Berlin clubs have been declared cultural institutions
After a year-long campaign of the multi-party Parliamentary Forum For Club Culture & Nightlife, Berlin clubs and live music venues will finally be considered cultural venues.
According to the Live Musik Kommission, an almost unanimous vote was in favour of a recommendation to change clubs and live venues from entertainment sites to cultural sites – a landmark decision in Berlin’s extraordinary club culture, that made €168 million in total just in 2018. It will be presented to the federal government for final consent, about which Thore Debor, spokesman for stakeholder LiveKomm, said:
“We are counting on the federal government taking up this parliamentary mandate quickly and implementing the amendment of the building use ordinance in this legislature. Especially now in times of Corona, we need this overdue step more than ever.”
Besides being recognized as cultural institutions, the selected venues will benefit from tax breaks, be protected from displacement and be permitted to operate in more parts of the city. On top of that, they could also be exempted from potential noise limit regulations. Previously, only theatres, opera houses, museums and concert halls were considered cultural venues, while betting shops, brothels, arcades and cinemas were categorized as entertainment sites.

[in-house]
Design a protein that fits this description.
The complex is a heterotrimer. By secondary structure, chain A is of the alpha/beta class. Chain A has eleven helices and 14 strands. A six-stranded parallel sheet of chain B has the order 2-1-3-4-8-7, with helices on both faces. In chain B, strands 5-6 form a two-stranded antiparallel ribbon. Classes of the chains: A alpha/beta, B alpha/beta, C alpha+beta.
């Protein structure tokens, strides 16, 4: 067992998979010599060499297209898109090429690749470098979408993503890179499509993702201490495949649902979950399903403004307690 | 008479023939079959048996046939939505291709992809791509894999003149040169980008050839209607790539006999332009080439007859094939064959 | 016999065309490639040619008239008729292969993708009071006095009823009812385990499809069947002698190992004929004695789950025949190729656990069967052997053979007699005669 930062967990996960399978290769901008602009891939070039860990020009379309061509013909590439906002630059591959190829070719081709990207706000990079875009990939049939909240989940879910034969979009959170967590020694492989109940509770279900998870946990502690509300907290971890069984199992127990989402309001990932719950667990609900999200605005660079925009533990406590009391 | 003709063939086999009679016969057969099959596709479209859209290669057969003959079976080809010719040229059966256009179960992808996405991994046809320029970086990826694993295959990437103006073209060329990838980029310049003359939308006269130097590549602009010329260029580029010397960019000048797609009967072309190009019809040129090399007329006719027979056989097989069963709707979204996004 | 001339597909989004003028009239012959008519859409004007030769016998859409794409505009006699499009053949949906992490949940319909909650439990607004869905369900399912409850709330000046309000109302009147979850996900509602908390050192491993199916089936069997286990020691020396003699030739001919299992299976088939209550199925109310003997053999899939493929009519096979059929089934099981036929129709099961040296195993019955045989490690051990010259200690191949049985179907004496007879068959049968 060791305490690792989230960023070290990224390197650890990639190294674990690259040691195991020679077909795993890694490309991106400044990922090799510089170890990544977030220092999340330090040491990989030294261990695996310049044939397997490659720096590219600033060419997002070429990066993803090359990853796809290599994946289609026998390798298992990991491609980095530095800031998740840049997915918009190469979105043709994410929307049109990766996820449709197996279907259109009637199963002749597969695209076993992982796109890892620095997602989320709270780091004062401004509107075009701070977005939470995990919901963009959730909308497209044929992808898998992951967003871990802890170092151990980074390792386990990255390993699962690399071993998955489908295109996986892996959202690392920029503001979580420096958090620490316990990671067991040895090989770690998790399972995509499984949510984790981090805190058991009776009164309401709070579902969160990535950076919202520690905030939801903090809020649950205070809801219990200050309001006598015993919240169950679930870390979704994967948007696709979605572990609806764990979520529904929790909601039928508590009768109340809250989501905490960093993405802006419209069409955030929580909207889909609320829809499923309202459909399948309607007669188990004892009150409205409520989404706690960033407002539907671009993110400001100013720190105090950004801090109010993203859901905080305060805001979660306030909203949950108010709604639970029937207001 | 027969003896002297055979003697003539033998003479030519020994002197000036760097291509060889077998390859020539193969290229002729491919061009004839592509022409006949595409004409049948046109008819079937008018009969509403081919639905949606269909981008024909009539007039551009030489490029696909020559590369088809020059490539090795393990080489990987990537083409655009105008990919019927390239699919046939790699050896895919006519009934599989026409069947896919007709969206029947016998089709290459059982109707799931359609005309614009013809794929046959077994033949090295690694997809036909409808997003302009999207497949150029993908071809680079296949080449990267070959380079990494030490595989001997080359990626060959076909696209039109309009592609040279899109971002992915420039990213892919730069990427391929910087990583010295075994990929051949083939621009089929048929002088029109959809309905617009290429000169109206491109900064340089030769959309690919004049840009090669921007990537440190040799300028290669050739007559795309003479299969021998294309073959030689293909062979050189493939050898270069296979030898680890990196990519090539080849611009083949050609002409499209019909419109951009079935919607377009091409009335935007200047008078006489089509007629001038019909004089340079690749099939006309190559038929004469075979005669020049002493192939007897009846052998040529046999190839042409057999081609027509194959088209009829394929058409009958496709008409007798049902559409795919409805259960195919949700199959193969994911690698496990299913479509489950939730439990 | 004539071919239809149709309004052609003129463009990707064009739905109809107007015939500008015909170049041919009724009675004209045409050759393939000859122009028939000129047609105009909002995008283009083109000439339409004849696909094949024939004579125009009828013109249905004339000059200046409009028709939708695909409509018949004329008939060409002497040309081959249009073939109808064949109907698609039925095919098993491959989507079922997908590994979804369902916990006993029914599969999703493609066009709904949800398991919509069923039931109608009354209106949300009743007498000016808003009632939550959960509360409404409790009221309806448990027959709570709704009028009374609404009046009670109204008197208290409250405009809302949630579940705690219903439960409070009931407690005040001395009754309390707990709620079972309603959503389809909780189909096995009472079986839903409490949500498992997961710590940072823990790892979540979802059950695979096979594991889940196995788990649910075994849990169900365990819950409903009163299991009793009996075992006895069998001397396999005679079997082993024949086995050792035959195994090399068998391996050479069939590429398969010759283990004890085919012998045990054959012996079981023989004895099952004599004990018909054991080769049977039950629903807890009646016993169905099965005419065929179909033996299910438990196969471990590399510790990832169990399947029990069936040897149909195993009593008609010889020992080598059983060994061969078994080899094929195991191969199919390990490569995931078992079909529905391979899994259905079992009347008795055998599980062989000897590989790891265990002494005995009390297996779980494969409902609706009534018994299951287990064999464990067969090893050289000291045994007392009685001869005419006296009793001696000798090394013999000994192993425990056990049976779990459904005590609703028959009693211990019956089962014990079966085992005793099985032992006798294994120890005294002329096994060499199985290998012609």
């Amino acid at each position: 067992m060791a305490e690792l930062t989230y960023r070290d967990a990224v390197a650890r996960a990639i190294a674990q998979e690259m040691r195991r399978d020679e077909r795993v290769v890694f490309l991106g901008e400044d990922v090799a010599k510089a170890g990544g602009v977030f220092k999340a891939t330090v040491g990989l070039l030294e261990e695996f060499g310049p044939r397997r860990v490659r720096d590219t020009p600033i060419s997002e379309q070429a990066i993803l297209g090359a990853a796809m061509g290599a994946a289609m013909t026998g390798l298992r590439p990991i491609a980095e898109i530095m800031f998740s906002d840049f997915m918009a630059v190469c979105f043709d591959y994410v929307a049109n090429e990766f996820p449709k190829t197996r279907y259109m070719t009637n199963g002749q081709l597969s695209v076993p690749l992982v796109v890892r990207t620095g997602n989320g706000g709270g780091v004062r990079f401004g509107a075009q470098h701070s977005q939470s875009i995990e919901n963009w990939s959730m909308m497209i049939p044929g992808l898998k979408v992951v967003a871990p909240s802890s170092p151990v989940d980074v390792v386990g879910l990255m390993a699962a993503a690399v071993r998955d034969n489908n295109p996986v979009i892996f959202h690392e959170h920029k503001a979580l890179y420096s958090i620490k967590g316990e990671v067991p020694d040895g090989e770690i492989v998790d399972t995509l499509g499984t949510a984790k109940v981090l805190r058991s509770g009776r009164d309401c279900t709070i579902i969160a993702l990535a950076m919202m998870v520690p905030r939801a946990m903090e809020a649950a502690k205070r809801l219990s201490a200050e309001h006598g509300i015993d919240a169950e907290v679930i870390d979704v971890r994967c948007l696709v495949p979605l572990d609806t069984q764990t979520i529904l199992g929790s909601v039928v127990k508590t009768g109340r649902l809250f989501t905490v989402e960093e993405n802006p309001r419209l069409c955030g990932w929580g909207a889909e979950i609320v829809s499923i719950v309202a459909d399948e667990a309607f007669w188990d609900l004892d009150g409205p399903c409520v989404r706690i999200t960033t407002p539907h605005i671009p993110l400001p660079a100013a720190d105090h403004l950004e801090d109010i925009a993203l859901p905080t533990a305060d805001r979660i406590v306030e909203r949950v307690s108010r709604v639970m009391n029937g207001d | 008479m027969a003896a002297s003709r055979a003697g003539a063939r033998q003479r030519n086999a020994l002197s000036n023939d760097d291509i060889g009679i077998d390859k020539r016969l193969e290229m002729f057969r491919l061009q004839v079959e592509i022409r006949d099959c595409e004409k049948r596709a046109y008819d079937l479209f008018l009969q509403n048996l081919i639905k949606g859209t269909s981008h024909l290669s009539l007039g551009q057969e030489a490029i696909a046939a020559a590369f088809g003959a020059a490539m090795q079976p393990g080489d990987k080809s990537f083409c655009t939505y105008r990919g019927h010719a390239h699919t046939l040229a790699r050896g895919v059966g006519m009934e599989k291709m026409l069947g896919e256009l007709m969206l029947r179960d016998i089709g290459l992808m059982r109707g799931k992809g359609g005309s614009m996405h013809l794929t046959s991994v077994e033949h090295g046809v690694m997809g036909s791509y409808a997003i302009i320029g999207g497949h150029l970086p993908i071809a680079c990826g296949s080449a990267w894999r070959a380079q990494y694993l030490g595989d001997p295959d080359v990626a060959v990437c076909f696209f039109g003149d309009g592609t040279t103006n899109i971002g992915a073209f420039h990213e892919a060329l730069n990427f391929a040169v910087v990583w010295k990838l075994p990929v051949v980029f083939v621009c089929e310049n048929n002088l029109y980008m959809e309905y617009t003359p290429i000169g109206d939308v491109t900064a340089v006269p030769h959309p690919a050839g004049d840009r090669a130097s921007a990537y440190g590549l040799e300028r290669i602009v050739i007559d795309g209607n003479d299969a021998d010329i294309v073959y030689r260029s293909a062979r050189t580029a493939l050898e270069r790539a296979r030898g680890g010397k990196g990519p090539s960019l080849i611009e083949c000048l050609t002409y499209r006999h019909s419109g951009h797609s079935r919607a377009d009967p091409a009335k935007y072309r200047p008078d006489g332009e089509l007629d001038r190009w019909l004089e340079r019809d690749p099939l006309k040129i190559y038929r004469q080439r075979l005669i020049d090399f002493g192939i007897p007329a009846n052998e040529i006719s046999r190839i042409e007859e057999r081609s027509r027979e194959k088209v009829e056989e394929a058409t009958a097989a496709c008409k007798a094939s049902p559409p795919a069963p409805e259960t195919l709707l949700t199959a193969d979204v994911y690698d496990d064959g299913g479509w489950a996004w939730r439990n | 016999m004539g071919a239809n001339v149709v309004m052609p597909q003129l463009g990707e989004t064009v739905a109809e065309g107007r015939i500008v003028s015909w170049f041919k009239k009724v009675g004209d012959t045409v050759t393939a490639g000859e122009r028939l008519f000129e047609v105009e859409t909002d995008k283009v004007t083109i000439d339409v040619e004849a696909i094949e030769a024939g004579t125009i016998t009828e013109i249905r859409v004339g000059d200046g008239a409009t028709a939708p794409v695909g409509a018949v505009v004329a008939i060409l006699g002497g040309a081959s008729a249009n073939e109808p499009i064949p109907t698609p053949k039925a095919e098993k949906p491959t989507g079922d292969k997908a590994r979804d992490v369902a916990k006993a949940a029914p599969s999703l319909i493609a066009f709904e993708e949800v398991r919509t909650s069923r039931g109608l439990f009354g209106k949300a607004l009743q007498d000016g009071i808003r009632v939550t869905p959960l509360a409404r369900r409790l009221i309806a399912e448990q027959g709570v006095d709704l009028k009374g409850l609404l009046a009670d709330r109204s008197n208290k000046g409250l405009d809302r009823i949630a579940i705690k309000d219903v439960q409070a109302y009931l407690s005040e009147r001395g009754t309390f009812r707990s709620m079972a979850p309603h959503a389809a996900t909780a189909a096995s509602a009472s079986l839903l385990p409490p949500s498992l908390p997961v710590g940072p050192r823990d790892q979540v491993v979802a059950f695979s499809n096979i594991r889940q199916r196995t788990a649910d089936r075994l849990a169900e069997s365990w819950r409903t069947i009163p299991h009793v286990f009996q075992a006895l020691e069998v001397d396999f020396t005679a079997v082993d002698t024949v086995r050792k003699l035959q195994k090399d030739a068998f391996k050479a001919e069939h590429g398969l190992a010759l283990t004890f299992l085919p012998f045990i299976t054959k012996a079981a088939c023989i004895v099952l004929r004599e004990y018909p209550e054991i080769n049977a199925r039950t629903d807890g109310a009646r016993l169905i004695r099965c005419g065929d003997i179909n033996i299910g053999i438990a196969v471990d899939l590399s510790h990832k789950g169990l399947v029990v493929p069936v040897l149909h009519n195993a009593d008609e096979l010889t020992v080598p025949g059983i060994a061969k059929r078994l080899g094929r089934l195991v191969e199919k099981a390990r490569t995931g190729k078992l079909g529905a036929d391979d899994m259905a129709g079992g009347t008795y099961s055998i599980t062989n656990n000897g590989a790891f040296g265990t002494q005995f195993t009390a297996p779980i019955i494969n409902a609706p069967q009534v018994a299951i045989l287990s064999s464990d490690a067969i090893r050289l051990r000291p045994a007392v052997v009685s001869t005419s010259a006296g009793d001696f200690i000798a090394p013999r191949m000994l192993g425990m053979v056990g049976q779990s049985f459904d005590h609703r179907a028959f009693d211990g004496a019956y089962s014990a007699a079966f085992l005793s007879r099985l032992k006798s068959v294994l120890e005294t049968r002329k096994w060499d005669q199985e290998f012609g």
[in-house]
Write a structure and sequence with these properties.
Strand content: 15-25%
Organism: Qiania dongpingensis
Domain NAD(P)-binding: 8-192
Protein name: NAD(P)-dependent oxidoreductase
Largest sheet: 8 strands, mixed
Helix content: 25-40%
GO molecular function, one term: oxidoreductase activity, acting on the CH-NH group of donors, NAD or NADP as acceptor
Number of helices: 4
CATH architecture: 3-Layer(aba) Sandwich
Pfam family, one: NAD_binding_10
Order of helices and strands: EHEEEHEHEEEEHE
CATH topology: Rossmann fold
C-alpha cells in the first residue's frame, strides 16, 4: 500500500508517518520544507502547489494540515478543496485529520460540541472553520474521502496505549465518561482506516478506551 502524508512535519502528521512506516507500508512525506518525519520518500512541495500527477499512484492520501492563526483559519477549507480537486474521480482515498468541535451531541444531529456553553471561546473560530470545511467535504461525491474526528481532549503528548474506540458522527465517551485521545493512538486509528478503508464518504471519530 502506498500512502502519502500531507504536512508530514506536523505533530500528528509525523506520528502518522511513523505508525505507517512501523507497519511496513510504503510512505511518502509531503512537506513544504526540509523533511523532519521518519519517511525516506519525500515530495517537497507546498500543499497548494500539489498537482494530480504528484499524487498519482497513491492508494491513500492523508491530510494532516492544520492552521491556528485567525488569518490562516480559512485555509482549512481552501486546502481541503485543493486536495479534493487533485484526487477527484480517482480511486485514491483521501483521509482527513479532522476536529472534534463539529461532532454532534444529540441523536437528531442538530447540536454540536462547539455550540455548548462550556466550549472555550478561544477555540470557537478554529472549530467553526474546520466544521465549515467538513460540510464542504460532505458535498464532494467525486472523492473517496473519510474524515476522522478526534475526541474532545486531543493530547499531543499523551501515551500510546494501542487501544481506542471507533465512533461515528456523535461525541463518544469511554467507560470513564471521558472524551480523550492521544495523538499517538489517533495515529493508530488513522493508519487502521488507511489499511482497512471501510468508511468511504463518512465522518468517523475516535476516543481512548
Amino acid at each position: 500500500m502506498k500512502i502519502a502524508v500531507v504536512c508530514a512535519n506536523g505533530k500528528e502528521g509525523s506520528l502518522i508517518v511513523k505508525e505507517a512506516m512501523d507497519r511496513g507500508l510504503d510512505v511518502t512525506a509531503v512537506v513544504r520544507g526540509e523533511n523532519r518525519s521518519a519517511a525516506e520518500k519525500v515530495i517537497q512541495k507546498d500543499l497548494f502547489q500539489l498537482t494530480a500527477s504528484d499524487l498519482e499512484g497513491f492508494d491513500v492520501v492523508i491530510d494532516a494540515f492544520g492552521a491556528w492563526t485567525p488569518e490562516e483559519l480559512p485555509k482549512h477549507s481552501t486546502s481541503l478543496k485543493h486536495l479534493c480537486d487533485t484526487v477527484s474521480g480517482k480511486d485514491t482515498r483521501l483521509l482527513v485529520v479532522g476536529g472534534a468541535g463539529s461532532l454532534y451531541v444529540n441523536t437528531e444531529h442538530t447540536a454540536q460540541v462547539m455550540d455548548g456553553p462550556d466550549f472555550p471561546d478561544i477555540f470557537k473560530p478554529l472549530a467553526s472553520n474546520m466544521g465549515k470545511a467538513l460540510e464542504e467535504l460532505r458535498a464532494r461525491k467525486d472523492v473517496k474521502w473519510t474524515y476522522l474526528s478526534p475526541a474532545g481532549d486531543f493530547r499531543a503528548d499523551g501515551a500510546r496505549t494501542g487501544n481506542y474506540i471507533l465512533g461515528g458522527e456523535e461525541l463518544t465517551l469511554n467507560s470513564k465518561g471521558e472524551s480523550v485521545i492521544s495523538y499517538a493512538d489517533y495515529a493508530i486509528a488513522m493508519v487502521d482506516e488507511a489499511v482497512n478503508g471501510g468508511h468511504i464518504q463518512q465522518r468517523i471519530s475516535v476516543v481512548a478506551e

Pamela Schobeß of the Berlin Club Commission praised the decision:
“We would like to thank the members of the Parliamentary Forum in particular for their commitment and perseverance in this matter […] With today’s decision, the Bundestag is sending a strong and long overdue signal to the republic. Music clubs are cultural institutions that shape the identity of city districts as an integral part of cultural and economic life. Now, an outdated law is to be adapted to reality. This helps to keep cities and neighborhoods alive and liveable and to protect cultural places from displacement.”
Among Berlin clubs, only world-famous techno mecca, Berghain was classified as a cultural institution in 2016, after fighting a lengthy trial. It resulted in the change of definition and a tax rate reduction, naming the club as “high culture” and dropping VAT on entrance fees to 7% from 19%, which will likely to happen to other venues as well, after this recent decision.
Image Credit: via GoodTon